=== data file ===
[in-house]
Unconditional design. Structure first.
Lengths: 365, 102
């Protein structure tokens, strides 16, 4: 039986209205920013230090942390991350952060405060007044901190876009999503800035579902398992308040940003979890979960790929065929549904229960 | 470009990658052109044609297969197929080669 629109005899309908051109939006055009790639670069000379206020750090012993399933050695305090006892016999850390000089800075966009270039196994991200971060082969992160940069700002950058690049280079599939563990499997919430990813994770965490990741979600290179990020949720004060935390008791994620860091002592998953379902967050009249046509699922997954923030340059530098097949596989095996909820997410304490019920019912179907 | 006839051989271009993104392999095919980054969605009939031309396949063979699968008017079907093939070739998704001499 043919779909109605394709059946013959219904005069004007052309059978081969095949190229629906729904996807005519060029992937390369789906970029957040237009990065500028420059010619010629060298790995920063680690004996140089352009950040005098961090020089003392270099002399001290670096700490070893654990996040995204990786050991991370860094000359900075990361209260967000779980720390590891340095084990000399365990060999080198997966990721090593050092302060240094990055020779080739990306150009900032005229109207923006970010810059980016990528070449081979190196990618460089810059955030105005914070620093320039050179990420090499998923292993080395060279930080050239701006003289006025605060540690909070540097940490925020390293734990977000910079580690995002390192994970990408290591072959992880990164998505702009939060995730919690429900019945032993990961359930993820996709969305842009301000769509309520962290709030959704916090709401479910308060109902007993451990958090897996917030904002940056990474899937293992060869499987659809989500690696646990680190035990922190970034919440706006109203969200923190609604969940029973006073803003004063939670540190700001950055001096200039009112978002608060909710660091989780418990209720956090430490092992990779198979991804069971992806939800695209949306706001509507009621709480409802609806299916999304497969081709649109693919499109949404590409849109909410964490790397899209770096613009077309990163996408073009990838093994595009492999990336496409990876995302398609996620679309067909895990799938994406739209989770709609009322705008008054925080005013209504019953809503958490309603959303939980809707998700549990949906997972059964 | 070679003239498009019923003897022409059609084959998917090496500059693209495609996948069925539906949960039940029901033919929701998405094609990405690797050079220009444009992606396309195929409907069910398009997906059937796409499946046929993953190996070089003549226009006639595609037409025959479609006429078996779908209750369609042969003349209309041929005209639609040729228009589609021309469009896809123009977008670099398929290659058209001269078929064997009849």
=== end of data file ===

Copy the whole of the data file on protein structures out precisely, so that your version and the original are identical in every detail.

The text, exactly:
[in-house]
Unconditional design. Structure first.
Lengths: 365, 102
């Protein structure tokens, strides 16, 4: 039986209205920013230090942390991350952060405060007044901190876009999503800035579902398992308040940003979890979960790929065929549904229960 | 470009990658052109044609297969197929080669 629109005899309908051109939006055009790639670069000379206020750090012993399933050695305090006892016999850390000089800075966009270039196994991200971060082969992160940069700002950058690049280079599939563990499997919430990813994770965490990741979600290179990020949720004060935390008791994620860091002592998953379902967050009249046509699922997954923030340059530098097949596989095996909820997410304490019920019912179907 | 006839051989271009993104392999095919980054969605009939031309396949063979699968008017079907093939070739998704001499 043919779909109605394709059946013959219904005069004007052309059978081969095949190229629906729904996807005519060029992937390369789906970029957040237009990065500028420059010619010629060298790995920063680690004996140089352009950040005098961090020089003392270099002399001290670096700490070893654990996040995204990786050991991370860094000359900075990361209260967000779980720390590891340095084990000399365990060999080198997966990721090593050092302060240094990055020779080739990306150009900032005229109207923006970010810059980016990528070449081979190196990618460089810059955030105005914070620093320039050179990420090499998923292993080395060279930080050239701006003289006025605060540690909070540097940490925020390293734990977000910079580690995002390192994970990408290591072959992880990164998505702009939060995730919690429900019945032993990961359930993820996709969305842009301000769509309520962290709030959704916090709401479910308060109902007993451990958090897996917030904002940056990474899937293992060869499987659809989500690696646990680190035990922190970034919440706006109203969200923190609604969940029973006073803003004063939670540190700001950055001096200039009112978002608060909710660091989780418990209720956090430490092992990779198979991804069971992806939800695209949306706001509507009621709480409802609806299916999304497969081709649109693919499109949404590409849109909410964490790397899209770096613009077309990163996408073009990838093994595009492999990336496409990876995302398609996620679309067909895990799938994406739209989770709609009322705008008054925080005013209504019953809503958490309603959303939980809707998700549990949906997972059964 | 070679003239498009019923003897022409059609084959998917090496500059693209495609996948069925539906949960039940029901033919929701998405094609990405690797050079220009444009992606396309195929409907069910398009997906059937796409499946046929993953190996070089003549226009006639595609037409025959479609006429078996779908209750369609042969003349209309041929005209639609040729228009589609021309469009896809123009977008670099398929290659058209001269078929064997009849």